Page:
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Using Remote Patient Monitoring data to improve health outcomes



Healthcare organisations are increasingly using remote patient monitoring (RPM), utilising wearable devices and apps, to track a patient’s health post-procedure. Typically, this occurs in acute situations or for chronic disease management. The data collected can keep clinicians informed about a variety of metrics, such as weight, blood sugar, blood oxygen, heart rate and more.


The benefits of RPM for patients include improved health outcomes and a better patient experience. RPM allows clinicians to connect with patients from the comfort of the patient’s home, eliminating logistical challenges or the need to take time off from work to make appointments. It also helps healthcare providers to reach people in areas with limited healthcare access.


To create a successful RPM program, data must be collected securely and properly integrated into an organisation’s existing data management system. This lets clinicians dive deeper into the data using analytics or artificial intelligence, both of which can prevent serious health issues from arising.


Current state of Remote Patient Monitoring

In most RPM programs today, typically, a healthcare provider will send the patient a kit with specific devices, may be a glucometer, blood pressure monitor or other Bluetooth-enabled device that connects to a smartphone or tablet to send patient data to the clinician. If the device has mobile connectivity then it might be able to send data to the provider directly, without a wireless connection.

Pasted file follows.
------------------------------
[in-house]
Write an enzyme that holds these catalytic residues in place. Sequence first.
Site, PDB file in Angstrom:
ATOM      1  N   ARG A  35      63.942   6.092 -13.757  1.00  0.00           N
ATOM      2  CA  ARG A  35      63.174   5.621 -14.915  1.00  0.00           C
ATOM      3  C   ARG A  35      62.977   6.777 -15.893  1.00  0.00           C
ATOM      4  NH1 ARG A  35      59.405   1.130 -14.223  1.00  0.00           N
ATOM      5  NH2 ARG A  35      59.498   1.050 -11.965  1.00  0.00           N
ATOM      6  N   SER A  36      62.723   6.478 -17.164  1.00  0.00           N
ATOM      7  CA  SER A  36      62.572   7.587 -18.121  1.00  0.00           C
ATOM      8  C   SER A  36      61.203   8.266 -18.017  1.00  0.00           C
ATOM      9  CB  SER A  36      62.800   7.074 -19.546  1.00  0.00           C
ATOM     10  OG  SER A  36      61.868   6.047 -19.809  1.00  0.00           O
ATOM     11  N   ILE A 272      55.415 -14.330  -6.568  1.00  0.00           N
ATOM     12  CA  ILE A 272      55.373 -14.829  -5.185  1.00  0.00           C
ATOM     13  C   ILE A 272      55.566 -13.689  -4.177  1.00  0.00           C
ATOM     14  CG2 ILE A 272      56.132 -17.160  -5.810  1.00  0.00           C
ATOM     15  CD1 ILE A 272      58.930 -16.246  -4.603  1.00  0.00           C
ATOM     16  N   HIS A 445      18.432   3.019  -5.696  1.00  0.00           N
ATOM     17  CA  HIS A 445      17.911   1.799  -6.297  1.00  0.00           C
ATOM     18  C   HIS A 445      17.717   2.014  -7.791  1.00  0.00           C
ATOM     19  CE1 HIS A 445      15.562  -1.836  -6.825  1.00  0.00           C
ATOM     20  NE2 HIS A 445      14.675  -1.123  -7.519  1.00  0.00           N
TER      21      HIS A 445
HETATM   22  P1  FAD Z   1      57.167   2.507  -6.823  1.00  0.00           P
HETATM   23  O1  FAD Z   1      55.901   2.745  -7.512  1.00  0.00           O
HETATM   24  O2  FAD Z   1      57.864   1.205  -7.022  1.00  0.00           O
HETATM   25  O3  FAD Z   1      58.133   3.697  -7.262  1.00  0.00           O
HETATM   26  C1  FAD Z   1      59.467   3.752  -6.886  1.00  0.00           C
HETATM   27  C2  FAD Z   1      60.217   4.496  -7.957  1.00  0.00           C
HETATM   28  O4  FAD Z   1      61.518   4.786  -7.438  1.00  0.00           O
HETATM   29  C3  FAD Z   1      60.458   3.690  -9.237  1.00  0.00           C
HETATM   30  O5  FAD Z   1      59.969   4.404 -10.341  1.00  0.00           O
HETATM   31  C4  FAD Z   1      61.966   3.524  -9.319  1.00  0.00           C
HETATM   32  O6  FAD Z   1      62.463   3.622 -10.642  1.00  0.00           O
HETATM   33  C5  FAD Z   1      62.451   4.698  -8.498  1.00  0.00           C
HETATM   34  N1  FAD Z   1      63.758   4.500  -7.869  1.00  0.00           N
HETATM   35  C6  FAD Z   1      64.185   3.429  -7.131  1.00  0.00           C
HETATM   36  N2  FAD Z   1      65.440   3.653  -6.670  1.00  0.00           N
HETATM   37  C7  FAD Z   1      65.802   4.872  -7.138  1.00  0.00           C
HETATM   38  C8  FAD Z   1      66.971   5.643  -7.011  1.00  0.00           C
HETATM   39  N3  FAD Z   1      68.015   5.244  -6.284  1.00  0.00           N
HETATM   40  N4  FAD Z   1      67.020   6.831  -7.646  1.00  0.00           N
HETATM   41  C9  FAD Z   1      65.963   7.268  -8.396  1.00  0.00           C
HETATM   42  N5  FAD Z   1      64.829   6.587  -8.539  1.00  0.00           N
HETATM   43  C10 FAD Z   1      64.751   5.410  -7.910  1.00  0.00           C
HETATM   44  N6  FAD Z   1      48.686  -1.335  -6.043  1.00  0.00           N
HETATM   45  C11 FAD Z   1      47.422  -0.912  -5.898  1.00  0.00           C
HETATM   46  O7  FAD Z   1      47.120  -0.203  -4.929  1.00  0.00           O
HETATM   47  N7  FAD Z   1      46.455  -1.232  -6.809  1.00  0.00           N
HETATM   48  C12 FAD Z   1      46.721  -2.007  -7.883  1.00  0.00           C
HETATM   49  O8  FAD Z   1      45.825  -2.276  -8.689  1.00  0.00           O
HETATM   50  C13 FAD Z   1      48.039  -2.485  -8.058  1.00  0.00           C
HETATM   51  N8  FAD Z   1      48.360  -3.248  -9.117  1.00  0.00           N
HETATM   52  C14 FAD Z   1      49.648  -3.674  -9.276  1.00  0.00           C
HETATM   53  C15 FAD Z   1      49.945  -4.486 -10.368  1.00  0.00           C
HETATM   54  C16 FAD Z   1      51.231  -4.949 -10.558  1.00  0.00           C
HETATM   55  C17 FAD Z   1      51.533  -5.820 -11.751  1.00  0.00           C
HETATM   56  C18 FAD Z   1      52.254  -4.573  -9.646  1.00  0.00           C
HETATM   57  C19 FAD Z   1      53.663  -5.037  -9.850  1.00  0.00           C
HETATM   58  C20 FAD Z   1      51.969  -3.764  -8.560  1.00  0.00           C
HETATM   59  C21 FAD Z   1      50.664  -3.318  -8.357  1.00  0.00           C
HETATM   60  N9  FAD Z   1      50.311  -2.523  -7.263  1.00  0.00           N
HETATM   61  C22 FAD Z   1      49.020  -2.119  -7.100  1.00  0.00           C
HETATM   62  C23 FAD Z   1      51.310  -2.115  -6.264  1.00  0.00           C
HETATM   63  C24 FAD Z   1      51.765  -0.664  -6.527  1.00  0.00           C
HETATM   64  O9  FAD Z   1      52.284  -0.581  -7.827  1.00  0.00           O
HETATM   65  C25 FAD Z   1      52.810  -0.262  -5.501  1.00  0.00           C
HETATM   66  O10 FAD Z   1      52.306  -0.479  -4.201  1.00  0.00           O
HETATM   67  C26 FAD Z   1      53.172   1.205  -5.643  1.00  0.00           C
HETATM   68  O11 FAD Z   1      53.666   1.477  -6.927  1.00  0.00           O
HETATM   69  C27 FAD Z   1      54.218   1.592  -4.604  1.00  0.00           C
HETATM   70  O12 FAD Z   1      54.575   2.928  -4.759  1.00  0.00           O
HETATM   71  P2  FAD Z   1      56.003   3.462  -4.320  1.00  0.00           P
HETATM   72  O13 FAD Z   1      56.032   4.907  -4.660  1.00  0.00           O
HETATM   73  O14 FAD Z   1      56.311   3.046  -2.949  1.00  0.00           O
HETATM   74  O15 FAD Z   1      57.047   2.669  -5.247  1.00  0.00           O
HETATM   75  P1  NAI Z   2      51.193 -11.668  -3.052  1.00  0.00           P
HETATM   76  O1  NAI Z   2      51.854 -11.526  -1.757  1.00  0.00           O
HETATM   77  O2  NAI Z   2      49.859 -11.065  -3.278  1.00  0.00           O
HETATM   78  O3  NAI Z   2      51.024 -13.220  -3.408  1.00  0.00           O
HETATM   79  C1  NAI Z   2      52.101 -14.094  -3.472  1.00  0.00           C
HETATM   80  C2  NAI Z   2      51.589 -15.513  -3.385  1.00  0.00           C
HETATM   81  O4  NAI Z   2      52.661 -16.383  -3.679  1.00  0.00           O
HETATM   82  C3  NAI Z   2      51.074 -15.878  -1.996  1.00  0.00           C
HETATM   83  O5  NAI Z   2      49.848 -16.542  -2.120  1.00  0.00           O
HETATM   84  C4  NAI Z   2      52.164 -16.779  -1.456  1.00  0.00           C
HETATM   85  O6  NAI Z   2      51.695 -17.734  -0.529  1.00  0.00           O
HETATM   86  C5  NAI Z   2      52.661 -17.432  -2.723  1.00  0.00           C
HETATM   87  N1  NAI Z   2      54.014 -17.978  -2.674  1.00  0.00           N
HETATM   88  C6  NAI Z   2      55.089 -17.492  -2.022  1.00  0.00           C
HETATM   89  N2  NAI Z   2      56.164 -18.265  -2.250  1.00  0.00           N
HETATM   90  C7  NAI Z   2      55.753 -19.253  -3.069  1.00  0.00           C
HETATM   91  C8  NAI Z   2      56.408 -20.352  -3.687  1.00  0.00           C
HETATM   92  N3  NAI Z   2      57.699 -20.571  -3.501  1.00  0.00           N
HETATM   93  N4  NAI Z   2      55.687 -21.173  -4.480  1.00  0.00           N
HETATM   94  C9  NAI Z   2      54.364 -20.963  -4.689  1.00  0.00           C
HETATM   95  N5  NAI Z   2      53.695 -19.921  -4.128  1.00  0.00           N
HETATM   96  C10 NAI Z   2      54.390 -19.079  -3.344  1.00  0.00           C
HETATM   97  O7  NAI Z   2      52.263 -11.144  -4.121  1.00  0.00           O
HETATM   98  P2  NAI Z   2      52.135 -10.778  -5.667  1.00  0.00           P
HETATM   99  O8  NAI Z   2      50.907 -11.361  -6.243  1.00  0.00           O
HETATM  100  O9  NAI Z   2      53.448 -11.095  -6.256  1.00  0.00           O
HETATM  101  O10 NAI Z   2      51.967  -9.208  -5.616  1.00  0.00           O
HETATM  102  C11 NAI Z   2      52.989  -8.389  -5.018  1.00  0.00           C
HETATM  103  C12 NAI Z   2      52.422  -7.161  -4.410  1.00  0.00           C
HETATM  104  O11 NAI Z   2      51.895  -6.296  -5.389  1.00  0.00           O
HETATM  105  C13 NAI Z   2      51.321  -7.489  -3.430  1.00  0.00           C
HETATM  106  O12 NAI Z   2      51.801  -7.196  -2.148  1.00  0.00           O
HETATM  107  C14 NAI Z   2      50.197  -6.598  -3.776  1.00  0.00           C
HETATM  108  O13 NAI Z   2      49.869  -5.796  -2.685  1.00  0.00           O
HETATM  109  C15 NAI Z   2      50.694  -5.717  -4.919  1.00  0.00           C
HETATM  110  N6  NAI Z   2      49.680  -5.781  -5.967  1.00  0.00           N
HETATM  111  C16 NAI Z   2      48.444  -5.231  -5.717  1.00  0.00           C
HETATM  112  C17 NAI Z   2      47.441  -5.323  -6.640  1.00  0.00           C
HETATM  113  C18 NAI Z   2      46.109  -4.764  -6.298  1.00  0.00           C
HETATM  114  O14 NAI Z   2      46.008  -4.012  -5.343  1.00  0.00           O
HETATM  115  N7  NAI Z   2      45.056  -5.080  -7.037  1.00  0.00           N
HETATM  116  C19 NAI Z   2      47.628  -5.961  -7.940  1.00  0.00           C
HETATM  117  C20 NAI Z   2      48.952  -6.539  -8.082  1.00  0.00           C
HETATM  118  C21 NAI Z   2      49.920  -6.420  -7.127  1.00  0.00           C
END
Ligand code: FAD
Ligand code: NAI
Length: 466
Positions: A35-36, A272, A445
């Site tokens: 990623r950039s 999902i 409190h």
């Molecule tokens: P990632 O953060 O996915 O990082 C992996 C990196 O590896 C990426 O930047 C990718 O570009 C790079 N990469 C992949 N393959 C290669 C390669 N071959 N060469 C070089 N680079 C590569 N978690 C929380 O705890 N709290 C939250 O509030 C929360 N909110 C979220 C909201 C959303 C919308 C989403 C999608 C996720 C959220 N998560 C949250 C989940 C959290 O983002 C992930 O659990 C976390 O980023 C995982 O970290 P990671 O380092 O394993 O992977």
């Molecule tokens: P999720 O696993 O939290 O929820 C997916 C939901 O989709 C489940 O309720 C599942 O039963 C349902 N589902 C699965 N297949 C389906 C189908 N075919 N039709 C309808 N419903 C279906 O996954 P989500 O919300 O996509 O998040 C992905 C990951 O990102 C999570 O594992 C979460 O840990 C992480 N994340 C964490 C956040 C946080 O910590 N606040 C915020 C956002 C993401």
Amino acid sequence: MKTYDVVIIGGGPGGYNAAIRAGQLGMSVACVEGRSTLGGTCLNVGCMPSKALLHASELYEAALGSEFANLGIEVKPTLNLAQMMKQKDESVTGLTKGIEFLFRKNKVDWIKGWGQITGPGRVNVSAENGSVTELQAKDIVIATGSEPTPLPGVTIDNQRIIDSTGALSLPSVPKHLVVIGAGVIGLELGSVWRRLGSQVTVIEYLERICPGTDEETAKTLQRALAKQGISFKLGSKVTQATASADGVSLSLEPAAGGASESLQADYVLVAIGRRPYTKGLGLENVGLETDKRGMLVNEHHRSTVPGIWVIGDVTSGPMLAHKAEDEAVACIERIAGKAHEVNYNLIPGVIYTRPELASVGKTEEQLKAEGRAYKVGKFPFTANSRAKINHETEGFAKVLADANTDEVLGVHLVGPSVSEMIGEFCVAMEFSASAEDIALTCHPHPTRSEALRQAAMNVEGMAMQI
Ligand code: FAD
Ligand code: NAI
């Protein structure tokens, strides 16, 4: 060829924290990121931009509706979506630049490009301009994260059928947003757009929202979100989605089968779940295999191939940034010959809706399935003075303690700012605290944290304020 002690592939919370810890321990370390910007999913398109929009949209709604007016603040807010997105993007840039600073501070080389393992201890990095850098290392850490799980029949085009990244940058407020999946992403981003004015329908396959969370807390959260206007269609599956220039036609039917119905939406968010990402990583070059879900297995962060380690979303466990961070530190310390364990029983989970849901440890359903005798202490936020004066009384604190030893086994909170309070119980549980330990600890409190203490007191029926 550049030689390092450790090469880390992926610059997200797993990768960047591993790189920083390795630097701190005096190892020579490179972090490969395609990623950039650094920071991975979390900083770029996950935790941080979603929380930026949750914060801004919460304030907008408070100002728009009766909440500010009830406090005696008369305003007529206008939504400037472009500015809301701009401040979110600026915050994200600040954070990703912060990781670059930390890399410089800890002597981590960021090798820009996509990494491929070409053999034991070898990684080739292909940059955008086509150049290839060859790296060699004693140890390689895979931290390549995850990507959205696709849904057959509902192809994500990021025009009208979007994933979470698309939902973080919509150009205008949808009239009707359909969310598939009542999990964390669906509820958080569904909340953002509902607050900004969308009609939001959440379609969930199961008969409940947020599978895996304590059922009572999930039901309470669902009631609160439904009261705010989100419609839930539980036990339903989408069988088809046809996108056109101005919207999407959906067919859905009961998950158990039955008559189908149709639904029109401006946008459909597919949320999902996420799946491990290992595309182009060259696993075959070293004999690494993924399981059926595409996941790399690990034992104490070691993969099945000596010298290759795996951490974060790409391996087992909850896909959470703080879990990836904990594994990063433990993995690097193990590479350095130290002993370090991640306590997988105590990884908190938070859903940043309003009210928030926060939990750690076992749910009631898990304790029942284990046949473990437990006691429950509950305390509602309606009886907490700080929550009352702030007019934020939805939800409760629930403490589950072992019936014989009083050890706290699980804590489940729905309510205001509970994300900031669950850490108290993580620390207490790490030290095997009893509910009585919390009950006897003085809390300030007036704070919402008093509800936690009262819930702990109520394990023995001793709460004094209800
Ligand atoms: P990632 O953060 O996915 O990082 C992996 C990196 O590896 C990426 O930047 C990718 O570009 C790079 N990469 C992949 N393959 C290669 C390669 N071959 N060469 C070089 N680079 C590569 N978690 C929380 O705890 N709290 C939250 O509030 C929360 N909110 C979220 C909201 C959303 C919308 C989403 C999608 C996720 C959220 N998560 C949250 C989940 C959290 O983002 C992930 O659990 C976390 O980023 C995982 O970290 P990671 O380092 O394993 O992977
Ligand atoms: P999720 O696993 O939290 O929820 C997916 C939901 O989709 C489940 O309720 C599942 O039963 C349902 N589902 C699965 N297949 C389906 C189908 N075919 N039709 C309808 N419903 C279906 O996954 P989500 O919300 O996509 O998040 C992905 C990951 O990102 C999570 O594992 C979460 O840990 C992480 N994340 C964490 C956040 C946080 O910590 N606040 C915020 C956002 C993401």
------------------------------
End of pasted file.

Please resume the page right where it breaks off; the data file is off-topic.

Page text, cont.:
If patients are not comfortable using a device throughout the entire care cycle, the device could go unused or be used improperly, which may negatively impact the patient outcome or experience. Integrating the data from these devices into the EHR or data management solution used by clinicians is also a key aspect to RPM. Being able to review and analyse the data inline with the clinician workflow is important, so that they can reach out to the patient to address any possible issues. 


The role of consumer wearable devices in RPM

Healthcare is becoming more consumer-centric, and many patients now use monitoring devices such as the Fitbit, Withings, Oura Ring, Apple Watch and others. The COVID-19 pandemic is highlighting what can be done with existing sensor technology. Wearables measuring heart rate, heart rate variability, respiration rate, and SpO2 have been around for many years, decades in some cases. More recently clinical studies are beginning to show efficacy of the data being produced from these devices.



Heart rate variability (HRV) can provide an even better leading indicator of health. HRV measures the variability in time between beats of the heart and has been extensively proven in numerous studies to be an indicator of the autonomic nervous system and individuals’ stress levels, whether physical stress (including your body fighting off infection) or psychosocial stress. Once an individual’s baseline is established, HRV can provide insights in acute monitoring of fatigue, sleep quality, and physical fitness, as well as insights into serious health conditions such as atrial fibrillation or cardiovascular deterioration.


Platforms like healthR can help integrate data from across a range of wearable devices into EHRs and data management systems used by clinicians. Clinicians can also use our out of the box solution for RPM to get started with little or no hassle. Further analysis of the data using machine learning can provide additional preventive medicine by analyzing data trends, alerting clinicians so that they can make a faster diagnosis and treatment decisions.


Now that many patients are comfortable using telehealth due to COVID-19, they are likely to expect — or demand — RPM services when appropriate. Health systems that do not provide RPM that is flexible, patient centric and works with devices patients may already have, are more likely to fall behind the curve.

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